Vestibular Activation: Why Is It Critical to Treatment?
The vestibular system is the primary sensory system that supports all of the other sensory systems and provides the bridge between sensory processing and motor control. So, it is essential that we ensure that it is functioning optimally in all of our clients. Many life experiences, starting in utero, can disrupt or compromise vestibular development and function, including the following:
- Movement deprivation: This is often due to the mother being placed on extended bed rest or issues that compromise fetal development and movement such as trauma, illness, genetics
- Paucity of tummy time: This is likely related to the infant sleeping only on their back or sides, being propped primarily in upright position with baby equipment, and excessive upright carriage by care givers
- Low muscle tone and/or other diagnostic issues: These tend to limit sensory and physical engagement with and exploration of the environment
- Deprivation and/or trauma: Can contribute to paucity of a rich, safe, supportive, inviting sensory environment, which ignites one’s curiosity and compels body movement to explore with touch, smell, taste, listening, and seeing so as to further comprehend the vast, amazing surround
- Neuromuscular conditions and/or visual or hearing impairments: These may compromise one’s movement exploration
Many internal conditions and life experiences can interfere with vestibular processing and related sensory integrative processing functions. If the vestibular system is not providing automatic, rapid informational support for optimal performance, some or all of the following behaviors may be observed:
- Poor balance
- Fear of going into a dark area
- Fear of being moved (unexpectedly or even when told in advance)
- Poor oculomotor control
- Sound sensitivity
- Lack of attention to or poor orientation to sound
- Poor tolerance for observing motion
- Gravitational insecurity
- Obsession for spinning self or objects
- Emotional lability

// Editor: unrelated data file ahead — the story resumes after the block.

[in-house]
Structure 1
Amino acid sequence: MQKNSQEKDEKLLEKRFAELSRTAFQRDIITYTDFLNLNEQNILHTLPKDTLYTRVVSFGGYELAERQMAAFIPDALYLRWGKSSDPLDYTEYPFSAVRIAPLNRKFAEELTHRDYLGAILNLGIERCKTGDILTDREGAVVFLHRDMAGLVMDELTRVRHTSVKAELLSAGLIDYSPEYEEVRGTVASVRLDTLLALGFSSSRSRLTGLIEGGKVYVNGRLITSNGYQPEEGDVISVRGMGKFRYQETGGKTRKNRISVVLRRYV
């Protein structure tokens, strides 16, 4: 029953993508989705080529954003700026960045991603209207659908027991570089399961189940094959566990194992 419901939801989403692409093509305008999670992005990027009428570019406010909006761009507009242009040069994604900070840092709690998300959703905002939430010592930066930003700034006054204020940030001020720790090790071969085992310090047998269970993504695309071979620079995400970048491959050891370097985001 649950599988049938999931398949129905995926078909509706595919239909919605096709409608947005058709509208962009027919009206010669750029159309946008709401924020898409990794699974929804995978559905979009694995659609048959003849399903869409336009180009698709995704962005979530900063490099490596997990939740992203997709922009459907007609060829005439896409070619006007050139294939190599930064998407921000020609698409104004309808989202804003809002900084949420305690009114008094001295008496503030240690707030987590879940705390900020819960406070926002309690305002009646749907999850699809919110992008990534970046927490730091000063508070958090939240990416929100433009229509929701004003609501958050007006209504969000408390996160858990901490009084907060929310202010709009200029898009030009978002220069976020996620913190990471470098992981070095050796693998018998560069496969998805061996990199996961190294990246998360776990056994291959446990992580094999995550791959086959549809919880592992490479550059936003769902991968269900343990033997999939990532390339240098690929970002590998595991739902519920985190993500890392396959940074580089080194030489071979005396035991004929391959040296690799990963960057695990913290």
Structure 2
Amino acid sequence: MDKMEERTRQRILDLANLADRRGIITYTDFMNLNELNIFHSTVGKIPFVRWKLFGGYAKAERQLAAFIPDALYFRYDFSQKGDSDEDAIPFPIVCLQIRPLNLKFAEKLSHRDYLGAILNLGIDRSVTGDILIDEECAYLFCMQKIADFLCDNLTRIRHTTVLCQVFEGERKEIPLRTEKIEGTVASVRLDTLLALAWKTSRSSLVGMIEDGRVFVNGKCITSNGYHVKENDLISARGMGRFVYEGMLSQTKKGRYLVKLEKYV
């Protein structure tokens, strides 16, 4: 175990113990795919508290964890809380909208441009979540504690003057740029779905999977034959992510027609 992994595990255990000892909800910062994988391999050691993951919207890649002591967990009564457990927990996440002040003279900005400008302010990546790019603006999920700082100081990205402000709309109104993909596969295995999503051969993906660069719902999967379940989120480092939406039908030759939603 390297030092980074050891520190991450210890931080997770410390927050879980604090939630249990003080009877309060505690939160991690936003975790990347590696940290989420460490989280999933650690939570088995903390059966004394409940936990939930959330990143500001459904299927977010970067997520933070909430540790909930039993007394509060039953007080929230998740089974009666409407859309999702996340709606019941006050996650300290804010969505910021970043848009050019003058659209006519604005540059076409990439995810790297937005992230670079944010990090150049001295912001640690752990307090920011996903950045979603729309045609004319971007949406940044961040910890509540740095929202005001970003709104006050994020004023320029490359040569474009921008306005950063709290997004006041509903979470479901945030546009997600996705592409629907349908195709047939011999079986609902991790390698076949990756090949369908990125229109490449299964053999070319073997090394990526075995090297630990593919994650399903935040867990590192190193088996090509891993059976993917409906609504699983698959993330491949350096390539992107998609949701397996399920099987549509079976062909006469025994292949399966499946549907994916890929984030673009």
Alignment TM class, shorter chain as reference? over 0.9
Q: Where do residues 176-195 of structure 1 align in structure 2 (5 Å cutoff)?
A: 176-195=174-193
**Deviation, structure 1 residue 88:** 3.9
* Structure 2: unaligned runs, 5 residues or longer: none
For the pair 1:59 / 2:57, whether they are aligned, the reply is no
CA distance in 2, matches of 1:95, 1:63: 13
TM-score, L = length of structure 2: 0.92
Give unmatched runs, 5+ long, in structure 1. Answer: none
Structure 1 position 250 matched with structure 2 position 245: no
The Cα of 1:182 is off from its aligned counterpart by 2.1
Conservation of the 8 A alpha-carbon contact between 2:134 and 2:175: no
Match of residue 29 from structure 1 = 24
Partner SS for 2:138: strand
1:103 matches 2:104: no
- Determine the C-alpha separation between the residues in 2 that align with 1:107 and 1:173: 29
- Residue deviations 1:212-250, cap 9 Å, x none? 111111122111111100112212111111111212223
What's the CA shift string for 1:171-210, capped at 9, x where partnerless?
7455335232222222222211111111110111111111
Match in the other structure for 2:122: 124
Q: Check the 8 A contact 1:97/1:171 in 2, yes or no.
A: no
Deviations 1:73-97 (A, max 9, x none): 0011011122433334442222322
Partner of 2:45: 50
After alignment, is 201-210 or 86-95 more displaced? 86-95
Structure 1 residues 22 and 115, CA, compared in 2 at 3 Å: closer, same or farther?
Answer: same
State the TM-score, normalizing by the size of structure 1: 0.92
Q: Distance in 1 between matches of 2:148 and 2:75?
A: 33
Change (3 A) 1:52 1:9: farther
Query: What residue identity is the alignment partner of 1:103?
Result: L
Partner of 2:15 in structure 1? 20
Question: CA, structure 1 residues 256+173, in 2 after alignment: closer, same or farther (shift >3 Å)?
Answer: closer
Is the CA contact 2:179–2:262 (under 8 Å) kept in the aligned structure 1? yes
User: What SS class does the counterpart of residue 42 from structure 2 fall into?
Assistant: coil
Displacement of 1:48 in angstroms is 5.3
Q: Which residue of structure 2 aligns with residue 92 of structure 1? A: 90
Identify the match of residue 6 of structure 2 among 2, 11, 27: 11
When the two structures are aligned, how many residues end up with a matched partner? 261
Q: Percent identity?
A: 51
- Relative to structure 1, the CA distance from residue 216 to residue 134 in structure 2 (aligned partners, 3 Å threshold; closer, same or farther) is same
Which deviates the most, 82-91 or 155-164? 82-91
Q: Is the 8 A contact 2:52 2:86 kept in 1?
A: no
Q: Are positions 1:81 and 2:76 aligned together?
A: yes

Clearly vestibular processing is essential to optimal performance. Thus, I believe that we as occupational therapists need to be extremely well informed and competent in providing exemplary, precise, specific activation of all five bilateral receptors of the vestibular system. Additionally, we need to fully understand its intimate, critical relationship with all of the other sensory systems, especially the auditory and visual systems.
Learn more about the importance of vestibular activation in the Astronaut Training course.[yith_wcmc_subscription_form]
4 Comments on: “Vestibular Activation: Why Is It Critical to Treatment?”
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Mary, I have been a practicing OT since the mid 70s…did I really just admit to that?!
I have only done pediatrics, starting out at the pediatric hospital here in DC. I spent the majority of my days on the pediatric acute and rehab floors including the NICU.
The remainder of my day in out- patient care and what we called our Diagnostic Clinic (for preschool and school age developmental/learning/SI issues) and the NICU Follow Along Clinic.
It was the best grounding experience I could have ever imagined.
Over the years so much changed at quite a rapid pace. More moms back on career track, exploding technology, large-almost institutional- daycare, and probably-most importantly SIDS and the link to belly sleeping. Who knew allowing our infants to be on their bellies was verboten!? Parents were scared. Containers to keep our babies up from the floor became an industry. Plagiocephaly, torticolis, and helmets became the norm and thus another whole industry evolved.
Referrals to OT and ST skyrocketed as well….kids just weren’t the same….sensory and motor and language and cognitionwere disconnected…by what?
Of course, that other sense that is so invisible and mysterious but ESSENTIAL. The depth of the vestibular system dysfunction in our developing kids seems catastrophic yet is so entirely preventable.
Pat Leach I love what you are saying. That should be converted to a parent handout and widely distributed. With vestibular play suggestions that follow “safety” guidelines of course…
Two points come to mind, Marcie!
1. The American Academy of Pediatrics would be wise to review the Back to Sleep initiative so that parents do not fear tummy time activity when their infant is awake.
2. There are tons of SAFE and fun ways to use gravity (vestibular input) that can be a part of infant and child activities throughout the day. Therapeutic levels or treatment to reboot the system is best done with a trained therapist in concert with a well trained and enlightened parent.
I agree that more parental education is important. Many parents are reluctant to do tummy time because babies do not enjoy it and cry, parents do not want to see their infants upset plus it’s inconvenient and a hassle for some. As for the pros vs. cons, I think we can all agree that torticolis and plagiocephaly are certainly better alternatives to SIDS!